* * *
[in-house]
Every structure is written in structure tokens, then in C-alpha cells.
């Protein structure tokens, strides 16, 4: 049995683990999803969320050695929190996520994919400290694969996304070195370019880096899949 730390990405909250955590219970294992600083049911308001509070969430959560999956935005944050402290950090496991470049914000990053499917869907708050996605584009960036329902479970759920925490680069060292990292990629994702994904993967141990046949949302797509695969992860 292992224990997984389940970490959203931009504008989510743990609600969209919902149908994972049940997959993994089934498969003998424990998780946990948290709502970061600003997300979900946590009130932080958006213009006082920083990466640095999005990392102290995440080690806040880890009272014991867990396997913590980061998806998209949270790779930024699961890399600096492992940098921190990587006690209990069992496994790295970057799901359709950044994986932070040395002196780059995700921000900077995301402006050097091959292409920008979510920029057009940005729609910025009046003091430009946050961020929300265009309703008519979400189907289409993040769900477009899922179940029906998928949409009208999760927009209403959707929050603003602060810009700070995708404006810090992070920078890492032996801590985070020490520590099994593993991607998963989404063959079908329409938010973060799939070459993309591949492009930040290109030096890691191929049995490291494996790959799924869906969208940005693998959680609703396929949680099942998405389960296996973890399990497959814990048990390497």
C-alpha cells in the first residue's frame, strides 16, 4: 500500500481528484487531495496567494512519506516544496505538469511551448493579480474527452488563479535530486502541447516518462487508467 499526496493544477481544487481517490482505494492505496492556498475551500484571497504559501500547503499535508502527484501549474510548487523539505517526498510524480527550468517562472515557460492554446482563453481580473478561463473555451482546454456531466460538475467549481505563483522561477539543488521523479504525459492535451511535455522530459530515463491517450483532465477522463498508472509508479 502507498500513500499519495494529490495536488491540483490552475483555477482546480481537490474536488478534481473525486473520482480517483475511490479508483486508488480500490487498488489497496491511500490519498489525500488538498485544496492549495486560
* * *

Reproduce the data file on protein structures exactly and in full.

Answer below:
[in-house]
Every structure is written in structure tokens, then in C-alpha cells.
């Protein structure tokens, strides 16, 4: 049995683990999803969320050695929190996520994919400290694969996304070195370019880096899949 730390990405909250955590219970294992600083049911308001509070969430959560999956935005944050402290950090496991470049914000990053499917869907708050996605584009960036329902479970759920925490680069060292990292990629994702994904993967141990046949949302797509695969992860 292992224990997984389940970490959203931009504008989510743990609600969209919902149908994972049940997959993994089934498969003998424990998780946990948290709502970061600003997300979900946590009130932080958006213009006082920083990466640095999005990392102290995440080690806040880890009272014991867990396997913590980061998806998209949270790779930024699961890399600096492992940098921190990587006690209990069992496994790295970057799901359709950044994986932070040395002196780059995700921000900077995301402006050097091959292409920008979510920029057009940005729609910025009046003091430009946050961020929300265009309703008519979400189907289409993040769900477009899922179940029906998928949409009208999760927009209403959707929050603003602060810009700070995708404006810090992070920078890492032996801590985070020490520590099994593993991607998963989404063959079908329409938010973060799939070459993309591949492009930040290109030096890691191929049995490291494996790959799924869906969208940005693998959680609703396929949680099942998405389960296996973890399990497959814990048990390497």
C-alpha cells in the first residue's frame, strides 16, 4: 500500500481528484487531495496567494512519506516544496505538469511551448493579480474527452488563479535530486502541447516518462487508467 499526496493544477481544487481517490482505494492505496492556498475551500484571497504559501500547503499535508502527484501549474510548487523539505517526498510524480527550468517562472515557460492554446482563453481580473478561463473555451482546454456531466460538475467549481505563483522561477539543488521523479504525459492535451511535455522530459530515463491517450483532465477522463498508472509508479 502507498500513500499519495494529490495536488491540483490552475483555477482546480481537490474536488478534481473525486473520482480517483475511490479508483486508488480500490487498488489497496491511500490519498489525500488538498485544496492549495486560